Mick Mulvaney. Photo: Win McNamee / Getty Images

Janet Matricciani, former CEO of payday lending company World Acceptance, contacted Mick Mulvaney on his personal email account suggesting she be made CFPB director, the AP reports.

Why it matters: Per the AP, this "suggests a cozier relationship between industry and regulator" since President Trump was elected.

  • The investigation of World Acceptance wrapped in late January, the AP reports, two months after Mulvaney replaced Richard Cordray as the agency's acting chief. Matricciani sent an email to Mick Mulvaney two days later.
  • In her email, obtained by the AP, Matricciani cites the investigation of her company as the reason why she should be considered for the job, saying she has "experience of what a CFPB investigation is like, and so I am in an unparalleled position to understand the effect...on a company."
  • World Acceptance was investigated for three years over its lending practices; evidence was found that the company "repeatedly trapped its customers in debts they could not repay and charged them interest rates higher than what they disclosed," the AP reports.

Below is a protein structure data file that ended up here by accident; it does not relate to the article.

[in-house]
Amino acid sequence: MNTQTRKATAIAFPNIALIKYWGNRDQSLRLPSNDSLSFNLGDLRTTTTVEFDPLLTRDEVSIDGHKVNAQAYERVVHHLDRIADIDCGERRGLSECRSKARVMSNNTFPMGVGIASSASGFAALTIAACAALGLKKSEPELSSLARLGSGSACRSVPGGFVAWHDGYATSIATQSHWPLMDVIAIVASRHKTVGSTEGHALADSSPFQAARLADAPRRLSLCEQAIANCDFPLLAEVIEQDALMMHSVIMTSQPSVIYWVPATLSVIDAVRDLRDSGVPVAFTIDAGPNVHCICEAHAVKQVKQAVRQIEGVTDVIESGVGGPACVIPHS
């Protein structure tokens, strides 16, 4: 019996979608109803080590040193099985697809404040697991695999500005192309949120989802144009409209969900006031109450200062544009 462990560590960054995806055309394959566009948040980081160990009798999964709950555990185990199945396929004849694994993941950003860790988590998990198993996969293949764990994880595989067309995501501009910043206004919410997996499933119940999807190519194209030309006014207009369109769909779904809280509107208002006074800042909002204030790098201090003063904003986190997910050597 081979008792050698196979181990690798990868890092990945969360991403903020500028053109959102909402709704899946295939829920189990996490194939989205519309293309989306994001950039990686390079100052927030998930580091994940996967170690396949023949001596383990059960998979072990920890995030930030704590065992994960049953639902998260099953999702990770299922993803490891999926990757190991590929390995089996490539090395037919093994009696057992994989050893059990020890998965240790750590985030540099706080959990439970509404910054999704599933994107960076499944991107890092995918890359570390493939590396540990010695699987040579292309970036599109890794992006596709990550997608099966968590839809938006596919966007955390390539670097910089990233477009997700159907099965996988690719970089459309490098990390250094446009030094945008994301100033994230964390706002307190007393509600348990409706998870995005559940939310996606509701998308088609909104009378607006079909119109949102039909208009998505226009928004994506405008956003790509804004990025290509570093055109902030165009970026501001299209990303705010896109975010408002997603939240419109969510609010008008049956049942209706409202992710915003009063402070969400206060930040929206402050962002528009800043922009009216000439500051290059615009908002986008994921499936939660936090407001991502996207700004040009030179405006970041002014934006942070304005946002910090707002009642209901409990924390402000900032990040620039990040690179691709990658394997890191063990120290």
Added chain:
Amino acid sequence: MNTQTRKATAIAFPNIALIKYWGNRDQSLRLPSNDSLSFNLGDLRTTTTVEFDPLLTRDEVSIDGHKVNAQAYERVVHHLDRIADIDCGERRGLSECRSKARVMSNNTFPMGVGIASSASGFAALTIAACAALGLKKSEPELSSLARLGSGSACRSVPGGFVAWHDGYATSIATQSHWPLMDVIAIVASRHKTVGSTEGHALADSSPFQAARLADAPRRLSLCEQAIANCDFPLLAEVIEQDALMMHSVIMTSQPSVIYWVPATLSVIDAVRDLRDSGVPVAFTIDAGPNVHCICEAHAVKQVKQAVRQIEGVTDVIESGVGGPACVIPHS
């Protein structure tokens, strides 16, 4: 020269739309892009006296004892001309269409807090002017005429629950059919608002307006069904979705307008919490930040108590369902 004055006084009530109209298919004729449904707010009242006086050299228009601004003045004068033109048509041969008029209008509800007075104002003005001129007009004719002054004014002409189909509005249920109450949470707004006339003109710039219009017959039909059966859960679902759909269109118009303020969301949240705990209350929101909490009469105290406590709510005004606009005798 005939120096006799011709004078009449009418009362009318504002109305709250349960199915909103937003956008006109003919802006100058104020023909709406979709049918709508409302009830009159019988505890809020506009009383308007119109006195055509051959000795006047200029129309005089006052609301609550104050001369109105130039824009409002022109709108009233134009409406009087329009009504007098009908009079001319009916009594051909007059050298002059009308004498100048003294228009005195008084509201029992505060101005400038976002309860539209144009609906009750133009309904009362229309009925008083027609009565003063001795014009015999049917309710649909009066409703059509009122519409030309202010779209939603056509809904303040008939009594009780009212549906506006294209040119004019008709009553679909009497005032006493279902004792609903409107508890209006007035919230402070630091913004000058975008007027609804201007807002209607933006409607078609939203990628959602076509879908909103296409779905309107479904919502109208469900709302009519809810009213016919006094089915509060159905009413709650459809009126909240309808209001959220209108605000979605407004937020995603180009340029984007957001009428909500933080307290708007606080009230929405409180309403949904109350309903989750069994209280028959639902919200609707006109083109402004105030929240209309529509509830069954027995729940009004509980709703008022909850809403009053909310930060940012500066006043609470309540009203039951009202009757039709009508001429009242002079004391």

• World Acceptance also donated to Mulvaney's political campaigns.

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Coronavirus dashboard

Illustration: Sarah Grillo/Axios

  1. Global: Total confirmed cases as of 4 p.m. ET: 12,813,864 — Total deaths: 566,790 — Total recoveries — 7,046,535Map.
  2. U.S.: Total confirmed cases as of 4 p.m. ET: 3,286,025 — Total deaths: 135,089 — Total recoveries: 995,576 — Total tested: 39,553,395Map.
  3. States: Florida smashes single-day record for new coronavirus cases with over 15,000 — Miami-Dade mayor says "it won't be long" until county's hospitals reach capacity.
  4. Public health: Ex-FDA chief projects "apex" of South's coronavirus curve in 2-3 weeks — Coronavirus testing czar: Lockdowns in hotspots "should be on the table"
  5. Education: Betsy DeVos says schools that don't reopen shouldn't get federal funds — Pelosi accuses Trump of "messing with the health of our children."

11 GOP congressional nominees support QAnon conspiracy

Lauren Boebert posing in her restaurant in Rifle, Colorado, on April 24. Photo: Emily Kask/AFP

At least 11 Republican congressional nominees have publicly supported or defended the QAnon conspiracy theory movement or some of its tenets — and more aligned with the movement may still find a way onto ballots this year.

Why it matters: Their progress shows how a fringe online forum built on unsubstantiated claims and flagged as a threat by the FBI is seeking a foothold in the U.S. political mainstream.

Lindsey Graham says he will ask Mueller to testify before Senate

Photo: Tasos Katopodis/Getty Images

Senate Judiciary Chairman Lindsey Graham (R-S.C.) tweeted Sunday that he will grant Democrats' request to call former special counsel Robert Mueller to testify before his committee.

The big picture: The announcement comes on the heels of Mueller publishing an op-ed in the Washington Post that defended the Russia investigation and conviction of Roger Stone, whose sentence was commuted by President Trump on Friday.